On this day in 1941, the Japanese launch an attack on the United States naval base at Pearl Harbor. You already know the basics of the story, but do you know about the 16 men who received Medals of Honor for their bravery on this day so long ago?
Some of the acts were relatively simple ones, like staying in a dangerous spot to hold a flashlight along an escape route. But each amounted to something greater: A selfless act made so that someone else might live.
Remember: Those boys woke up that morning thinking that the United States was NOT at war. But they leapt into action when called upon to do so.
Ensign Herbert Jones organized and led a party that was manually moving ammunition on USS California: The ship’s mechanical hoist wasn’t working! A bomb hit nearby, injuring him, but he refused to be evacuated. “Leave me alone! I am done for,” he said. “Get out of here before the magazines go off.”
On the same ship, Gunner Jackson Pharris risked his life to rescue shipmates from flooding compartments. They were unconscious and in danger of being submerged in oil. He did this while suffering from injuries so serious that he kept blacking out.
Radioman Thomas James Reeves refused to leave a burning passageway; he was intent on helping with the ammunition resupply effort. Machinist’s Mate First Class Robert R. Scott was working in a flooded compartment that contained an air compressor. He made a fatal decision to stay: “This is my station and I will stay and give them air as long as the guns are going.”
On USS Nevada, Machinist Donald K. Ross was working in a forward dynamo room that was quickly filling with smoke, steam, and heat. He refused to leave, even though he was twice rendered blinded and unconscious. In the meantime, Chief Boatswain Edwin J. Hill was trying to get Nevada out of the port. He left the ship to cast off the lines, but swam back afterwards. He was killed as he struggled to let the anchors go.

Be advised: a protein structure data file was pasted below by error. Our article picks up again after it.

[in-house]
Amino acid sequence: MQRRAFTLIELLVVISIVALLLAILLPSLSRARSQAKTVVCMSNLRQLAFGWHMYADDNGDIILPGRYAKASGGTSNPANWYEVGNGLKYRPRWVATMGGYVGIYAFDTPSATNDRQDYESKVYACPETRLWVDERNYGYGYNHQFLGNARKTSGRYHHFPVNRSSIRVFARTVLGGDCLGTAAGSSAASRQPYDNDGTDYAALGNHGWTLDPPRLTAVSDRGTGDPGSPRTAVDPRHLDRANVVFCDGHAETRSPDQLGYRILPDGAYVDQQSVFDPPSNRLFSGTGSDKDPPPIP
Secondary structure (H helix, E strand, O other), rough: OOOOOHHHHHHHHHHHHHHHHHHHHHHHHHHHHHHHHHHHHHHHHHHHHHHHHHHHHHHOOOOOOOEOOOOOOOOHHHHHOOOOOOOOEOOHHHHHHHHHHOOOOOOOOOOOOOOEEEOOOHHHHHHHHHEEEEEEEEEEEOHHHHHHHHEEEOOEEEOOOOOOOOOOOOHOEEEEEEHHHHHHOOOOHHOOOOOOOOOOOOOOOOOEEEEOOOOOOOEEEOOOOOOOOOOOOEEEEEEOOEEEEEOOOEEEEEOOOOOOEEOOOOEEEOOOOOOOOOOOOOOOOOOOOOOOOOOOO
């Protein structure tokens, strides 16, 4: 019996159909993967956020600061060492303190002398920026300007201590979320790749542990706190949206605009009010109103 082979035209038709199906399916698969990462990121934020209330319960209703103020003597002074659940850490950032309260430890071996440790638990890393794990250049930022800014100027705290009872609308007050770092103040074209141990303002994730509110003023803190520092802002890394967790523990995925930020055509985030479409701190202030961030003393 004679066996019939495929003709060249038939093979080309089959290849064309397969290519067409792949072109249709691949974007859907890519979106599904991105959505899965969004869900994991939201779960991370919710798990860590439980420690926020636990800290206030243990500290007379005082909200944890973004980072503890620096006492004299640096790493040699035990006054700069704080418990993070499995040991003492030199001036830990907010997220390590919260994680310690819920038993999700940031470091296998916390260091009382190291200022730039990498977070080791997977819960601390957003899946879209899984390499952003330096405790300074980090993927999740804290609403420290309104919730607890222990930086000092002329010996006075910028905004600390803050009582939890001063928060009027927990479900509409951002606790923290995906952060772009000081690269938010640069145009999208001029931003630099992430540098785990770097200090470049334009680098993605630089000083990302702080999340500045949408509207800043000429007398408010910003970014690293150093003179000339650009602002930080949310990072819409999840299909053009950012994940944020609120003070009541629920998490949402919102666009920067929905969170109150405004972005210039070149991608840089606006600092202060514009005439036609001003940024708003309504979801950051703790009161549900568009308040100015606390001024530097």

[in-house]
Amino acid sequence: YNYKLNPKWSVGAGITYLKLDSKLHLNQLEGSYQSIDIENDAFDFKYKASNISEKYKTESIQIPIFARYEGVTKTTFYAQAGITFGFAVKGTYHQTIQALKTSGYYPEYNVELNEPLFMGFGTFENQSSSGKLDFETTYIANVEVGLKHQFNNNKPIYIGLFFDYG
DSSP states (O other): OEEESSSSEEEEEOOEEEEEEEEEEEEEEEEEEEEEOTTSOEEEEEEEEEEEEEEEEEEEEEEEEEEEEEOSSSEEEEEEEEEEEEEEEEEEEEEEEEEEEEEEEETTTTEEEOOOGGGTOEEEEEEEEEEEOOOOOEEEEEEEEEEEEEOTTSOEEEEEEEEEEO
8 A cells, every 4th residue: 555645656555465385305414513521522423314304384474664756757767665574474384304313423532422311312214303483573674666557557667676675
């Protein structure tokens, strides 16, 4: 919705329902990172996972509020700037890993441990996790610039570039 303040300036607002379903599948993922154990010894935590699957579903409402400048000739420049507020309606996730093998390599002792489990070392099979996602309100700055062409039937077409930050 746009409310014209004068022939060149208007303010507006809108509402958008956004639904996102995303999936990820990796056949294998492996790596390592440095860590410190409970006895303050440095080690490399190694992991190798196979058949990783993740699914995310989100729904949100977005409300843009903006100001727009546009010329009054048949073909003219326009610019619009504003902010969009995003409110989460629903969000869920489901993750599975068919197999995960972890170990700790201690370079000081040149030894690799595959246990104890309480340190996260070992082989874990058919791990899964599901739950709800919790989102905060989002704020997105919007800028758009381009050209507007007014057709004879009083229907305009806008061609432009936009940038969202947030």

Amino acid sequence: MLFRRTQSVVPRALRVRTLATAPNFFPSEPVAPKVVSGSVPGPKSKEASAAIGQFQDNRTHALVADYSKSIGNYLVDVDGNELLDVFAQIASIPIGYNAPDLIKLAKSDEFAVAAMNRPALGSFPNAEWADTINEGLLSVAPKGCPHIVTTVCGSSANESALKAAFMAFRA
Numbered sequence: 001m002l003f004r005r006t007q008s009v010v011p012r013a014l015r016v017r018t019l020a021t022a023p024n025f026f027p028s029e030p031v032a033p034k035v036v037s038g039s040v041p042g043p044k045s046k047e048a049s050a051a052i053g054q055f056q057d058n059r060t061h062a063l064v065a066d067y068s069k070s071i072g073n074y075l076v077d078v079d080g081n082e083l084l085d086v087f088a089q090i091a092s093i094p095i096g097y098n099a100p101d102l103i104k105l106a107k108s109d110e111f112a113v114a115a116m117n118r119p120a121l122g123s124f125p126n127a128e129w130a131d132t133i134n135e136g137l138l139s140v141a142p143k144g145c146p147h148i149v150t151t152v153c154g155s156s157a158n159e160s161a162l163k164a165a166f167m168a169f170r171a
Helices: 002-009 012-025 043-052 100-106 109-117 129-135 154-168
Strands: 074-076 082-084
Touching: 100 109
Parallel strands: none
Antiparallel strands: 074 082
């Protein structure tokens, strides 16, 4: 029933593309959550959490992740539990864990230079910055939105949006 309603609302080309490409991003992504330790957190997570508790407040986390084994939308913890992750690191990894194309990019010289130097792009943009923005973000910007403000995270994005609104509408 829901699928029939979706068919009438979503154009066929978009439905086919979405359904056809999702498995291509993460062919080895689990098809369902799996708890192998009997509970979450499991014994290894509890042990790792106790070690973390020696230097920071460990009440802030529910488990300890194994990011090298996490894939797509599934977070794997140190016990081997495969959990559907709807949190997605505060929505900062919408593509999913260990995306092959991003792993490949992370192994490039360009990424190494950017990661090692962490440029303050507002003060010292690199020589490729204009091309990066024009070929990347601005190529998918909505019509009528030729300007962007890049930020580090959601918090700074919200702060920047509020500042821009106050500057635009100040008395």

Nearby, USS Oklahoma was about to capsize. Ensign Francis C. Flaherty and Seaman First Class James R. Ward both stayed in their positions, holding flashlights so others could escape. Neither Flaherty nor Ward made it out themselves.
USS Utah was also capsizing. Chief Watertender Peter Tomich gave his life when he refused to leave his post in the engineering plant. He wanted to make sure that the boilers were secure and that other personnel were able to get out.
The USS Arizona was ablaze, but Captain Franklin Van Valkenburgh and Rear Admiral Isaac Campbell Kidd stayed on the bridge until a direct hit cost them their lives. The senior surviving officer, Lt. Commander Samuel Glenn Fuqua, directed firefighting efforts and ensured that as many people as possible got off the ship. Unfortunately, USS Vestal was moored to that fiery ship. Commander Cassin Young was blown off Vestal by an explosion on Arizona. Nevertheless, he swam back to Vestal and got it unmoored and moved.
USS West Virginia’s Captain Mervyn S. Bennion was mortally wounded on the bridge of his ship. Lt. John Finn was at one Naval Air Station manning a machinegun in an exposed location. He had to be specifically ordered to get medical attention. He suffered through First Aid, then went right back to work. At another Naval Air Station, First Lt. George Cannon refused to be evacuated from his command post until he’d first taken care of others and reorganized his command post. The decision was fatal.
How awesome that so many men were so brave! How terrible that the attack was so massive that so much bravery was required.